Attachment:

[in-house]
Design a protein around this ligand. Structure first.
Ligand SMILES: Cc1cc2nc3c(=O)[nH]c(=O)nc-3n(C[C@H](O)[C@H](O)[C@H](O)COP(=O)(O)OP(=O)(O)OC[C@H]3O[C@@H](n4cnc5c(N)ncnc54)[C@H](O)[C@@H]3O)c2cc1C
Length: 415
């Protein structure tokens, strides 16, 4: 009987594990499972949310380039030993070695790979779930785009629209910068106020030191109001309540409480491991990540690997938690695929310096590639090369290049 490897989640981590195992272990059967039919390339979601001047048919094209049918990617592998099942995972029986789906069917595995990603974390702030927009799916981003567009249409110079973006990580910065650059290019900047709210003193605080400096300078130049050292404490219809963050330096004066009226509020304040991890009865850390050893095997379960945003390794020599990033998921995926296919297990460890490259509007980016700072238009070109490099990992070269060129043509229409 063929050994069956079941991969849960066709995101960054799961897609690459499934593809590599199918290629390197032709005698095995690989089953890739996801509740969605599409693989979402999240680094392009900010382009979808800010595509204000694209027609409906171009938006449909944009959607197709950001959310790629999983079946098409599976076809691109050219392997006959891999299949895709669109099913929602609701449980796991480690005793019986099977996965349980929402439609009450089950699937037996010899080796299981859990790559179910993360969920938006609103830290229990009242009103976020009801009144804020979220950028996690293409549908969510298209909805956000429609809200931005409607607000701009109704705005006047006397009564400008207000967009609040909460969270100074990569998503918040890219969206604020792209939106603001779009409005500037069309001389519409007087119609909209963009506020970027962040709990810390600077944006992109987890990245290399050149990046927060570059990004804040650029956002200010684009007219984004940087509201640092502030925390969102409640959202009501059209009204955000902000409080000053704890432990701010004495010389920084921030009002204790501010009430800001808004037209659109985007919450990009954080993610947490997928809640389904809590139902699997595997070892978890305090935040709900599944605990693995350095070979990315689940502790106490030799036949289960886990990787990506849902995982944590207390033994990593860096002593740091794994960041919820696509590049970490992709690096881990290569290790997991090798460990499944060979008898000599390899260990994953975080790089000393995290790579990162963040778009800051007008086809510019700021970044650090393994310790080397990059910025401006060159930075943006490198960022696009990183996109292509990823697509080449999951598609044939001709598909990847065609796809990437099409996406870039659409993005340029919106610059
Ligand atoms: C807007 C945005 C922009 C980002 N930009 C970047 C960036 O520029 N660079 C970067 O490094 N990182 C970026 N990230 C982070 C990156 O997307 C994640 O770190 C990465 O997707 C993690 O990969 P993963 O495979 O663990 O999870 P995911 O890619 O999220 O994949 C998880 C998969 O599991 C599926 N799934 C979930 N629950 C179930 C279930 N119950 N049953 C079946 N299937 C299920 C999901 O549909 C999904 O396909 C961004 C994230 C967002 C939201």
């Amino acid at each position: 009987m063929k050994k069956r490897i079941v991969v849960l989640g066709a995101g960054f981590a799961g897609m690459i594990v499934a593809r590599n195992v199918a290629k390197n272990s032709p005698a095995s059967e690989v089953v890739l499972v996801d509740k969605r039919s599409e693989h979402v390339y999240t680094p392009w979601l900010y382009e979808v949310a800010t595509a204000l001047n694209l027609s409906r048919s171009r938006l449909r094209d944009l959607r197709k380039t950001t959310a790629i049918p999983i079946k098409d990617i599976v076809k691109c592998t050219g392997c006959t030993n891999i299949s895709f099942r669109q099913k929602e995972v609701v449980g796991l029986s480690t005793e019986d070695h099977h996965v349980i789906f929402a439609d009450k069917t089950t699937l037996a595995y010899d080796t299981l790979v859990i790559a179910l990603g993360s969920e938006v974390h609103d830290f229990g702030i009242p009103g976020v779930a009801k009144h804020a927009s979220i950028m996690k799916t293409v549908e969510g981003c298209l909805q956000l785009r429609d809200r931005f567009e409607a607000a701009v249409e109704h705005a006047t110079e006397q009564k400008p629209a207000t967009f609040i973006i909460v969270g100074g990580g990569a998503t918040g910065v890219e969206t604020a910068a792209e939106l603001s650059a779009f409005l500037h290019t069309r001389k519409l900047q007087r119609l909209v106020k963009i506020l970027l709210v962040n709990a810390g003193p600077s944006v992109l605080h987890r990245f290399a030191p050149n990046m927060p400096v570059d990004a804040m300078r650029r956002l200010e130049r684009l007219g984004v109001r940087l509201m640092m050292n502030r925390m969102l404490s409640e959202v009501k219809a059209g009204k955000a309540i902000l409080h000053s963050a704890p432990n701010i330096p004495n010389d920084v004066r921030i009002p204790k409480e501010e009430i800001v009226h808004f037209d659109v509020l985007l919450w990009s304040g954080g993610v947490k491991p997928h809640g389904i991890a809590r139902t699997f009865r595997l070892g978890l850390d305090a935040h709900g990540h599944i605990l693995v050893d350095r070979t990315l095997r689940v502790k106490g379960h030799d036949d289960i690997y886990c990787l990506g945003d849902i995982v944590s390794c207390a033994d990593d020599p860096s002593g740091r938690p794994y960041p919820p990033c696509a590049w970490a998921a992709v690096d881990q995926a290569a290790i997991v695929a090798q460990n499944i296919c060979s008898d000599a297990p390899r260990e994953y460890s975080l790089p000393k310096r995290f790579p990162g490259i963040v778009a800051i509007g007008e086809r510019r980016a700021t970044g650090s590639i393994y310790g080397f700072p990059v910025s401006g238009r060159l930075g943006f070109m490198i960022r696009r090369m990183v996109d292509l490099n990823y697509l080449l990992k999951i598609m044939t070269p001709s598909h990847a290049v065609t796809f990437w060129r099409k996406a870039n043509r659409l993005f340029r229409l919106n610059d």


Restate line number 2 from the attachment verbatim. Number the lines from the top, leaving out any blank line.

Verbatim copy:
Design a protein around this ligand. Structure first.